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Originally published August 8, 2014 at 10:37 PM | Page modified August 9, 2014 at 12:05 AM

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Nagasaki mayor questions policy on A-bomb day

The mayor of Nagasaki on Saturday criticized Prime Minister Shinzo Abe's push toward Japan's more assertive defense policy, as the city marked the 69th anniversary of the atomic bombing.


Associated Press

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TOKYO —

The mayor of Nagasaki on Saturday criticized Prime Minister Shinzo Abe's push toward Japan's more assertive defense policy, as the city marked the 69th anniversary of the atomic bombing.

In his "peace declaration" speech at the ceremony in Nagasaki's Peace Park, Mayor Tomihisa Taue urged Abe's government to listen to growing public concerns over Japan's commitment to its pacifist pledge.

Thousands of attendants, including U.S. Ambassador Caroline Kennedy and a record number of representatives from 51 countries, offered a minute of silence and prayed for the victims at 11:02 a.m., the moment the bomb was dropped over Nagasaki on Aug. 9, 1945, as bells rang. They also laid wreaths of white and yellow chrysanthemums at the Statue of Peace.

The U.S. dropped two atomic bombs on Japan in August 1945, prompting Tokyo's World War II surrender. The first on Hiroshima killed 140,000 people and the Nagasaki bomb killed another 70,000.

The anniversary comes as Japan is divided over the government's decision to allow its military to defend foreign countries and play greater roles overseas by exercising what is referred to as collective self-defense. To achieve that goal, Abe's Cabinet revised its interpretation of Japan's war-renouncing constitution.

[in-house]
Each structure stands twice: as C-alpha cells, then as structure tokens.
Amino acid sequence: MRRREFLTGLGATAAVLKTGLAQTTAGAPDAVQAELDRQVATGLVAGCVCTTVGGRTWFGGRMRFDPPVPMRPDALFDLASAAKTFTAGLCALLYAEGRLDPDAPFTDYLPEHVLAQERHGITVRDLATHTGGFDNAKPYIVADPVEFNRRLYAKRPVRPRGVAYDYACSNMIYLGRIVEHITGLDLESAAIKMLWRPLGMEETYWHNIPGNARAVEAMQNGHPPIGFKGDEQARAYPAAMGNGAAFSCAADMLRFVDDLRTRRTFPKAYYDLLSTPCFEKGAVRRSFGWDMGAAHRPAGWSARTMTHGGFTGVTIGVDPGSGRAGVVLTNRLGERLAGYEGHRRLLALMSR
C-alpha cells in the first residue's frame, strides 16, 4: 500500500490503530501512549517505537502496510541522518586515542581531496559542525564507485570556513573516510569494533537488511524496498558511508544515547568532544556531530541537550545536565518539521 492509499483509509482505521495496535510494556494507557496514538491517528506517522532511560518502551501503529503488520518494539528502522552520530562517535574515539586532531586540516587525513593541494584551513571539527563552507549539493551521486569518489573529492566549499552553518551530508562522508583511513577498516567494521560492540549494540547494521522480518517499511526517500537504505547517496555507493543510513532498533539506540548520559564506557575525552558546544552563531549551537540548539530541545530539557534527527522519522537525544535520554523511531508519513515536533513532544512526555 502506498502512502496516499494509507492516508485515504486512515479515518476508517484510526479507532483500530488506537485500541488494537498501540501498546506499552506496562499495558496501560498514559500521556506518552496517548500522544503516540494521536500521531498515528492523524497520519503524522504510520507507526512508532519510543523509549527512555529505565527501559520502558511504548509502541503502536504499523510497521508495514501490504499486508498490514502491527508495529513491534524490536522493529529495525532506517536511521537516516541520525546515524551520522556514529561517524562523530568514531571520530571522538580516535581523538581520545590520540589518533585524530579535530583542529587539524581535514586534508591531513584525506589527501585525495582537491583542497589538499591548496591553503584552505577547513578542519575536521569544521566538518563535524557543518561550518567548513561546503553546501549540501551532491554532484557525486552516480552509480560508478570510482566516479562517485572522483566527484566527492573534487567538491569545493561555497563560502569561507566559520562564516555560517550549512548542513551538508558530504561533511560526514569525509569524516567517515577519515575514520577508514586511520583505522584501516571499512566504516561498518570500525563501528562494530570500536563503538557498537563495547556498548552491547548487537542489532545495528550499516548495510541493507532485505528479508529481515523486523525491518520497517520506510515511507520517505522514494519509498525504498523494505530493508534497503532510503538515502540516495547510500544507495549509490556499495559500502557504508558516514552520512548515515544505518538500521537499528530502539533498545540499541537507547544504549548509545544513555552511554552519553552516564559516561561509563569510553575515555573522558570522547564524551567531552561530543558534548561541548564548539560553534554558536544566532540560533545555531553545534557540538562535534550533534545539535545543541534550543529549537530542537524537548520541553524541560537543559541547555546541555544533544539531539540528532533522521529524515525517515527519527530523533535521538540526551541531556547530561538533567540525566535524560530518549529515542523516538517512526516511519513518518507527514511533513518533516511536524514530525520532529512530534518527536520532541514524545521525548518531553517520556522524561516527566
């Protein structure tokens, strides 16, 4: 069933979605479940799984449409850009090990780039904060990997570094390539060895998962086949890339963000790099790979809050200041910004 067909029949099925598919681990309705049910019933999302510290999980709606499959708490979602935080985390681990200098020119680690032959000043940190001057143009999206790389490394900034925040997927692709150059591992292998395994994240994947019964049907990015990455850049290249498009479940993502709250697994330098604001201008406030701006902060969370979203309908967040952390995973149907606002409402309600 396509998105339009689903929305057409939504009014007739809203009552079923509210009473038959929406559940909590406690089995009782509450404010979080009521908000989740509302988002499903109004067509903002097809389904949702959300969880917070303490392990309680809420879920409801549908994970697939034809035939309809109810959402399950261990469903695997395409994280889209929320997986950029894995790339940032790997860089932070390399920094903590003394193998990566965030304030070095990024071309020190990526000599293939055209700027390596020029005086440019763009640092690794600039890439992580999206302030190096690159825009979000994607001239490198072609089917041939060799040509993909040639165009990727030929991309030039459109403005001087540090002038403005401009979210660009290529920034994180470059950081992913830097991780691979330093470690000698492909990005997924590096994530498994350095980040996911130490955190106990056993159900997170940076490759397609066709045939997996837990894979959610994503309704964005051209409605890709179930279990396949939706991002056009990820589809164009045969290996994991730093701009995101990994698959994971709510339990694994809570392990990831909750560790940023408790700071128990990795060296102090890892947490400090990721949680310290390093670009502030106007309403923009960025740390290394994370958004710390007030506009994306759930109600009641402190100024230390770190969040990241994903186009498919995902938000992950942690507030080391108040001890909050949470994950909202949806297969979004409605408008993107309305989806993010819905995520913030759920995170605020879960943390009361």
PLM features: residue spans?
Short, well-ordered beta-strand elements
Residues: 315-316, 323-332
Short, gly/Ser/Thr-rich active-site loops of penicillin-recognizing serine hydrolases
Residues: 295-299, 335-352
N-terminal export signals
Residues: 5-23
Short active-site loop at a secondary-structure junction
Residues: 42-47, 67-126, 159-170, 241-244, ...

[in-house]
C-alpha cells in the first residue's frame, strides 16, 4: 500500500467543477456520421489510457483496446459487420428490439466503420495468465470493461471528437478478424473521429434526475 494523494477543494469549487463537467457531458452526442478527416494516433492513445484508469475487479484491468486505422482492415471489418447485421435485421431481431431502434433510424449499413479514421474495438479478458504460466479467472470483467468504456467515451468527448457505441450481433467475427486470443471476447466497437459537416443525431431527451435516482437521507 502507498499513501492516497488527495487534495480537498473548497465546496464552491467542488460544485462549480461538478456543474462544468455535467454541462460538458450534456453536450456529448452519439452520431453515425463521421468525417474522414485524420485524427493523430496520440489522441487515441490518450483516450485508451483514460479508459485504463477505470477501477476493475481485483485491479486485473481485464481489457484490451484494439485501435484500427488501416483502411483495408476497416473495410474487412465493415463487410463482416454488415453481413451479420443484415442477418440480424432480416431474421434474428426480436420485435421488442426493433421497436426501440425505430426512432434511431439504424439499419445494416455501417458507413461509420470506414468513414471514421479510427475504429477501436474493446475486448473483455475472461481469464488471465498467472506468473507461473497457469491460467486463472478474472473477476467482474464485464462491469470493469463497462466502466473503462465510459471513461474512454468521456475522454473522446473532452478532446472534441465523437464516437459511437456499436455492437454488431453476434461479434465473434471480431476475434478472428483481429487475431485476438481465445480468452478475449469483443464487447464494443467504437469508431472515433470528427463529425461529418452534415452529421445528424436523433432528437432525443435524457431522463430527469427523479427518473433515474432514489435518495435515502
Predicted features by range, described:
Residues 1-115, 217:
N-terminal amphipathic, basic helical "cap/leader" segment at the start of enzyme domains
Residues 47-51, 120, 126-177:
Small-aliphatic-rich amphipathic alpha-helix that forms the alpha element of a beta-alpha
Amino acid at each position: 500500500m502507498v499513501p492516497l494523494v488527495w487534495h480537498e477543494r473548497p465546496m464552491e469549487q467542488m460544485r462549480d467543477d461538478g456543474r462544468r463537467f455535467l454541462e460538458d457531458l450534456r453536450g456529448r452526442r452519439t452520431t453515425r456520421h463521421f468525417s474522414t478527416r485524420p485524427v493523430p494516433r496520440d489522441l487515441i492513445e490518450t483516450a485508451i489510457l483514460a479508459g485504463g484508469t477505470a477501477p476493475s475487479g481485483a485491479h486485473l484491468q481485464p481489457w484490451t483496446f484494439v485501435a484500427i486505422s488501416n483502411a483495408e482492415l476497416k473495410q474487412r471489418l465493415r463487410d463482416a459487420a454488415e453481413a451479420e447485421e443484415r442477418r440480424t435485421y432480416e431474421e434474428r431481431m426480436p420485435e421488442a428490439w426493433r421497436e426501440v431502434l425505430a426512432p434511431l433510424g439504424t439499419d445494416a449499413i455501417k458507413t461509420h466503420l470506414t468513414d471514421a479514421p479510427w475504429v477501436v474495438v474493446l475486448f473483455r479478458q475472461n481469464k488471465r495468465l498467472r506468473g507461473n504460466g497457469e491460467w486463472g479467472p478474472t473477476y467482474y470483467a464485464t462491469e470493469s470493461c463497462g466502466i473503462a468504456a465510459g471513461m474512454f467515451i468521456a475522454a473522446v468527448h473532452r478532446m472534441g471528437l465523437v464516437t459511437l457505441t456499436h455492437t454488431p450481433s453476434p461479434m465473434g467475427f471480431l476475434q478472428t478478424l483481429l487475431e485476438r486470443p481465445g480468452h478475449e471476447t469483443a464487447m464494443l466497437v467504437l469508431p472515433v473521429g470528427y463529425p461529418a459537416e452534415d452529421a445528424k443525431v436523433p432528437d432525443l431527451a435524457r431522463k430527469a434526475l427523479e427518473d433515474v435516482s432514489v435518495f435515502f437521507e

Pacifism, enshrined in the constitution, is the "founding principle" of postwar Japan and Nagasaki, Taue said.

"However, the rushed debate over collective self-defense has prompted concern that this principle is shaking," he said. "I strongly request that the Japanese government take note of the situation and carefully listen to the voices of distress and concerns."

Polls show more than half of respondents are opposed to the decision, mainly because of sensitivity over Japan's wartime past and devastation at home.

Representing the Nagasaki survivors, Miyako Jodai, 75, said that Abe's government was not living up to expectations.

Jodai, a retired teacher who was exposed to radiation just 2.4 kilometers (1.5 miles) from ground zero, said that the defense policy that puts more weight on military power was "outrageous" and a shift away from pacifism.

"Please stand by our commitment to peace. Please do not forget the sufferings of the atomic bombing survivors," Jodai said at the ceremony.

The number of surviving victims, known as "hibakusha," was just more than 190,000 this year across Japan. Their average age is 79. In Nagasaki, 3,355 survivors died over the past year, while 5,507 passed away in Hiroshima.

Abe kept his eyes closed and sat motionless as he listened to the outright criticism, rare at a solemn ceremony.

In his speech, he did not mention his defense policy or the pacifist constitution. He repeated his sympathy to the victims and said Japan as the sole victim of nuclear attacks has the duty to take leadership in achieving a nuclear-free society, while telling the world of the inhumane side of nuclear weapons.

The speech had minor tweaks from last year's, after Abe faced criticism that the speech he delivered in Hiroshima on Thursday was almost identical to the one from the previous year, Kyodo News reported.



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